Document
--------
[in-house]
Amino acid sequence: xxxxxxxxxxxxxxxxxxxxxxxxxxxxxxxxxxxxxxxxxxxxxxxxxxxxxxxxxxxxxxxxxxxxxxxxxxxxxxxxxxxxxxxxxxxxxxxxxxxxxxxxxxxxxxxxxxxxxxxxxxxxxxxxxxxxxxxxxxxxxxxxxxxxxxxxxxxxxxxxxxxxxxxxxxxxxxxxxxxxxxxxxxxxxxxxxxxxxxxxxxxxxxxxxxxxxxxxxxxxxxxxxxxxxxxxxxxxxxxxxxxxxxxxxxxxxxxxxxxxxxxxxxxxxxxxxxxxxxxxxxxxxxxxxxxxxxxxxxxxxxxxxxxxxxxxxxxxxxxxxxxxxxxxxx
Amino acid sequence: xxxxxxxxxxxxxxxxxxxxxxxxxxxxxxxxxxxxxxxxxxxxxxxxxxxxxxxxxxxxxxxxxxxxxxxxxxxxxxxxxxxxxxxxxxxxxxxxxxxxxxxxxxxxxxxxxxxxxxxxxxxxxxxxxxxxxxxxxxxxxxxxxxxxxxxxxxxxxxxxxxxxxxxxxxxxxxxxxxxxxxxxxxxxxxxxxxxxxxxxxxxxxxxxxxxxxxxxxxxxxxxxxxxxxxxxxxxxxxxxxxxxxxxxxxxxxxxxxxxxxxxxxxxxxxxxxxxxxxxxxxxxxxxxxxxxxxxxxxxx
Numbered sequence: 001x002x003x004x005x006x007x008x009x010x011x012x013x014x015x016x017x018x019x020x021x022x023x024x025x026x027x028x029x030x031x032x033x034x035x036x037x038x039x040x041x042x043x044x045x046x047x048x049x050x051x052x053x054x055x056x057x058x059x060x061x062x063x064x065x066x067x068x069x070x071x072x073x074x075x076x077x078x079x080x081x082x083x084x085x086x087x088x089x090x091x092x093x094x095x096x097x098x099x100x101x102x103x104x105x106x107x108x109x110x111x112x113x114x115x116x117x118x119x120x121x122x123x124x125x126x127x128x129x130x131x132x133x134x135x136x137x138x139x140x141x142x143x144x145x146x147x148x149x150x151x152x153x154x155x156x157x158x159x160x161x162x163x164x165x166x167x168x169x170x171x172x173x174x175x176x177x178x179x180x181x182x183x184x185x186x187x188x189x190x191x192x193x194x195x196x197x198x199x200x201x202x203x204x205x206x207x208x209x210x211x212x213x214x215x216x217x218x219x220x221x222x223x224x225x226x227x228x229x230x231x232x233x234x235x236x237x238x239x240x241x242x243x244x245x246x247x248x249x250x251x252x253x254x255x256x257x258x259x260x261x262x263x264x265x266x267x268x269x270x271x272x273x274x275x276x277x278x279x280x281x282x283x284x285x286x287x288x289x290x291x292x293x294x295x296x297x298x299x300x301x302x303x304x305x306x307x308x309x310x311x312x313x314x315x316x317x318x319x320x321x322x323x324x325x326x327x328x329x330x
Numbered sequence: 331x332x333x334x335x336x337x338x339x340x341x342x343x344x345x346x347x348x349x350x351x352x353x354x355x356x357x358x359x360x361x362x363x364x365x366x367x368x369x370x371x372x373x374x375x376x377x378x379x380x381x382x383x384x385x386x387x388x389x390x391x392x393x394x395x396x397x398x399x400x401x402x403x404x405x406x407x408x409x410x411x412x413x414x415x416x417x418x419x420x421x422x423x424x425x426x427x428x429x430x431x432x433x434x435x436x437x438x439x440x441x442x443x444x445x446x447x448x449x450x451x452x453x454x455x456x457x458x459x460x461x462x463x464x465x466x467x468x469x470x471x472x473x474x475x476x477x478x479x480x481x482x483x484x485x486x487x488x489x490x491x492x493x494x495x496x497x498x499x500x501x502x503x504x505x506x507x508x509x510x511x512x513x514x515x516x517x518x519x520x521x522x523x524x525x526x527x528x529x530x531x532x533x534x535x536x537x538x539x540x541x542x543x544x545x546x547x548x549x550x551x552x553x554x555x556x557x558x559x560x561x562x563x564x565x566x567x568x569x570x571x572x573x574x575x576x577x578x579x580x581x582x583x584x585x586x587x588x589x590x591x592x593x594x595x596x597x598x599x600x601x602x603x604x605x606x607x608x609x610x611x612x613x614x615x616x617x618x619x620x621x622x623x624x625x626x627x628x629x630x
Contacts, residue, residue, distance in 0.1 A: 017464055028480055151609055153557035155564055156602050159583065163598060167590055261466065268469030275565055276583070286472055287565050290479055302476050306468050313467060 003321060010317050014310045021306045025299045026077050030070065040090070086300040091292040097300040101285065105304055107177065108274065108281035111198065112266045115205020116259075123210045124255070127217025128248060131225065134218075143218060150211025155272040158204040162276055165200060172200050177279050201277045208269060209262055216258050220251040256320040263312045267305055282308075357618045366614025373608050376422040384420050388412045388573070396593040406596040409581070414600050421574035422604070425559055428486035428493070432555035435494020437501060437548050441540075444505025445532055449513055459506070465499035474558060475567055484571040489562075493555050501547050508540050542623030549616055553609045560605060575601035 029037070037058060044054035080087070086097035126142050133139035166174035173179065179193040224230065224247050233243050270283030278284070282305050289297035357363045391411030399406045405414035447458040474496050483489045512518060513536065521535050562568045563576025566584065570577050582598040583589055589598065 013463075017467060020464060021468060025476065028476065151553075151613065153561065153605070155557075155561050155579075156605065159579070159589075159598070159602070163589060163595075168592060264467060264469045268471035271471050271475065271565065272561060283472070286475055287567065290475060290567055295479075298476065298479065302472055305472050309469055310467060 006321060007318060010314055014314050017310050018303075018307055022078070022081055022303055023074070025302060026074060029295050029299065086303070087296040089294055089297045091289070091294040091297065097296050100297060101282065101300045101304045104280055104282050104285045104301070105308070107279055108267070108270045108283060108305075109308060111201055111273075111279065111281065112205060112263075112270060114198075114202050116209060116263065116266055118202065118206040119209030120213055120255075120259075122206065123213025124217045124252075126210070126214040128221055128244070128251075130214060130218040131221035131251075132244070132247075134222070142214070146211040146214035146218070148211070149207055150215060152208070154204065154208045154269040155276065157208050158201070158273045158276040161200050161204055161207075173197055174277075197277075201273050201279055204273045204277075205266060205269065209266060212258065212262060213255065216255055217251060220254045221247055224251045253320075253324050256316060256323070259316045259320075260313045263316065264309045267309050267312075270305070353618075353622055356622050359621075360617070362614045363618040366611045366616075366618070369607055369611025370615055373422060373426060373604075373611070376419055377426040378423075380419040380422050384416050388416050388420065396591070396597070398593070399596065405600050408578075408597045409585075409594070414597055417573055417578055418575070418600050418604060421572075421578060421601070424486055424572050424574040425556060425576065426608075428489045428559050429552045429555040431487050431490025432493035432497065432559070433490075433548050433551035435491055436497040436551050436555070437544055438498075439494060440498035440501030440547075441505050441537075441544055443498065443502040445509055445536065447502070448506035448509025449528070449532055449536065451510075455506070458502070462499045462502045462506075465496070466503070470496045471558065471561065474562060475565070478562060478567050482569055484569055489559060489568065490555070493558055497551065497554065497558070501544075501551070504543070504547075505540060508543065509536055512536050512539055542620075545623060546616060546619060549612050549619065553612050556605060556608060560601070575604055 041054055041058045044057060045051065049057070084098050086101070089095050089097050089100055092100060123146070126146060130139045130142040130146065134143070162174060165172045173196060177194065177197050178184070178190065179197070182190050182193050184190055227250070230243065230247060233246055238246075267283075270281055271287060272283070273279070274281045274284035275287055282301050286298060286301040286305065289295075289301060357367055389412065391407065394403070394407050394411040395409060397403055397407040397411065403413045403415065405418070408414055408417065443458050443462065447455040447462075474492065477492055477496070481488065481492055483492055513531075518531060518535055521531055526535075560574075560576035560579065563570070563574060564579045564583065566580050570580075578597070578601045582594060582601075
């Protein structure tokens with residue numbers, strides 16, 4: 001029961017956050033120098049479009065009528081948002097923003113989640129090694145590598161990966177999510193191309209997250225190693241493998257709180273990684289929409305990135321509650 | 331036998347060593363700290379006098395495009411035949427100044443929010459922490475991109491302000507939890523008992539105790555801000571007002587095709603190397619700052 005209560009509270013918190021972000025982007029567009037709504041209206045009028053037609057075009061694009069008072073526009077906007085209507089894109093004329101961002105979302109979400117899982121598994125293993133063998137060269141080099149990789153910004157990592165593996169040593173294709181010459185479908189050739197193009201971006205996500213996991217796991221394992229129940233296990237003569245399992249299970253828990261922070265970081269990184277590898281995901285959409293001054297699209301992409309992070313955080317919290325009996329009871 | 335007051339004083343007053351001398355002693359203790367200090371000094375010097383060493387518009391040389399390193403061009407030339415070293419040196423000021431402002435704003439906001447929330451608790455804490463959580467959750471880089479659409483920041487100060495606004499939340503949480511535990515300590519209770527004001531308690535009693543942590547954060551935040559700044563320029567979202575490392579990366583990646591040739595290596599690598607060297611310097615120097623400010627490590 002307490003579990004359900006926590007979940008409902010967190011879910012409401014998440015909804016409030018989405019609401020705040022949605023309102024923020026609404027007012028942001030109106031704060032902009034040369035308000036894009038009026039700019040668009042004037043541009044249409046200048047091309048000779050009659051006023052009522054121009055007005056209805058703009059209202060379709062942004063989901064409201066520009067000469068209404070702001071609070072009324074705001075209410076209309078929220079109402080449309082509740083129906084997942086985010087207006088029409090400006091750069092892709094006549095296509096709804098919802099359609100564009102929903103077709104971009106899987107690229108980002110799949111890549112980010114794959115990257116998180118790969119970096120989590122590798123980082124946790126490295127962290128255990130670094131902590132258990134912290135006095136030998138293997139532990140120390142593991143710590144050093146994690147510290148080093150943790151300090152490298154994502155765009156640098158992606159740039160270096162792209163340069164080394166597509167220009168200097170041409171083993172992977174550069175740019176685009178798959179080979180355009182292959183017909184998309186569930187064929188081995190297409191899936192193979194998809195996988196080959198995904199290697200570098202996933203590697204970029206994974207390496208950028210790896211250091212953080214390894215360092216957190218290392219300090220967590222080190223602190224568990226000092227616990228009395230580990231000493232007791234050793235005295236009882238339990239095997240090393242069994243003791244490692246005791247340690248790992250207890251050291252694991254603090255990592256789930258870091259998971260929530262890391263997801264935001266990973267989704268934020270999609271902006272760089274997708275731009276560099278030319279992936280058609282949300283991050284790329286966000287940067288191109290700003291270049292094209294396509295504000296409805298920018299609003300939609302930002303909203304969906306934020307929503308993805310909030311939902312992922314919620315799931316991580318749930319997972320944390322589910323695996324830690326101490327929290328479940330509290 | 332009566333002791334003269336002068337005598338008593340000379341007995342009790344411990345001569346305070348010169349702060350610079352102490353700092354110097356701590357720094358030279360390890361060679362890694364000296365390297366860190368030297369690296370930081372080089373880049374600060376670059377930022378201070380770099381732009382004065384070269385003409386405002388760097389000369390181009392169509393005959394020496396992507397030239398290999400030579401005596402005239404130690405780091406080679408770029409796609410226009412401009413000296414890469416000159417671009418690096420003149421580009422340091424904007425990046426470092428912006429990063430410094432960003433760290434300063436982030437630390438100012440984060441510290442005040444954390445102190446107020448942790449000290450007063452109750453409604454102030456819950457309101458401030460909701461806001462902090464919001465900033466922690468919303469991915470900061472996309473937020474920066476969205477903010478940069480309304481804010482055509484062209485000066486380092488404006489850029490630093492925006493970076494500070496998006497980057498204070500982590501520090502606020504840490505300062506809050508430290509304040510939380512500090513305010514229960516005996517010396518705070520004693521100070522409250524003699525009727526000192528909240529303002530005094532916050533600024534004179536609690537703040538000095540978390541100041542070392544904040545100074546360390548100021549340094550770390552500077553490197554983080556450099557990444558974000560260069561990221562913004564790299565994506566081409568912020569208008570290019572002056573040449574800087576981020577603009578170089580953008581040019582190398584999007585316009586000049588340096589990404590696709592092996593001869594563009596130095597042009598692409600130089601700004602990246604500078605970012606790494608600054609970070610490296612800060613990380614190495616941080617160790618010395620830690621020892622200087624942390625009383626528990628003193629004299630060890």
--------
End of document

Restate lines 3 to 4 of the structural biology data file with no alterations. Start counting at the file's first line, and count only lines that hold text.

Amino acid sequence: xxxxxxxxxxxxxxxxxxxxxxxxxxxxxxxxxxxxxxxxxxxxxxxxxxxxxxxxxxxxxxxxxxxxxxxxxxxxxxxxxxxxxxxxxxxxxxxxxxxxxxxxxxxxxxxxxxxxxxxxxxxxxxxxxxxxxxxxxxxxxxxxxxxxxxxxxxxxxxxxxxxxxxxxxxxxxxxxxxxxxxxxxxxxxxxxxxxxxxxxxxxxxxxxxxxxxxxxxxxxxxxxxxxxxxxxxxxxxxxxxxxxxxxxxxxxxxxxxxxxxxxxxxxxxxxxxxxxxxxxxxxxxxxxxxxxxxxxxxxx
Numbered sequence: 001x002x003x004x005x006x007x008x009x010x011x012x013x014x015x016x017x018x019x020x021x022x023x024x025x026x027x028x029x030x031x032x033x034x035x036x037x038x039x040x041x042x043x044x045x046x047x048x049x050x051x052x053x054x055x056x057x058x059x060x061x062x063x064x065x066x067x068x069x070x071x072x073x074x075x076x077x078x079x080x081x082x083x084x085x086x087x088x089x090x091x092x093x094x095x096x097x098x099x100x101x102x103x104x105x106x107x108x109x110x111x112x113x114x115x116x117x118x119x120x121x122x123x124x125x126x127x128x129x130x131x132x133x134x135x136x137x138x139x140x141x142x143x144x145x146x147x148x149x150x151x152x153x154x155x156x157x158x159x160x161x162x163x164x165x166x167x168x169x170x171x172x173x174x175x176x177x178x179x180x181x182x183x184x185x186x187x188x189x190x191x192x193x194x195x196x197x198x199x200x201x202x203x204x205x206x207x208x209x210x211x212x213x214x215x216x217x218x219x220x221x222x223x224x225x226x227x228x229x230x231x232x233x234x235x236x237x238x239x240x241x242x243x244x245x246x247x248x249x250x251x252x253x254x255x256x257x258x259x260x261x262x263x264x265x266x267x268x269x270x271x272x273x274x275x276x277x278x279x280x281x282x283x284x285x286x287x288x289x290x291x292x293x294x295x296x297x298x299x300x301x302x303x304x305x306x307x308x309x310x311x312x313x314x315x316x317x318x319x320x321x322x323x324x325x326x327x328x329x330x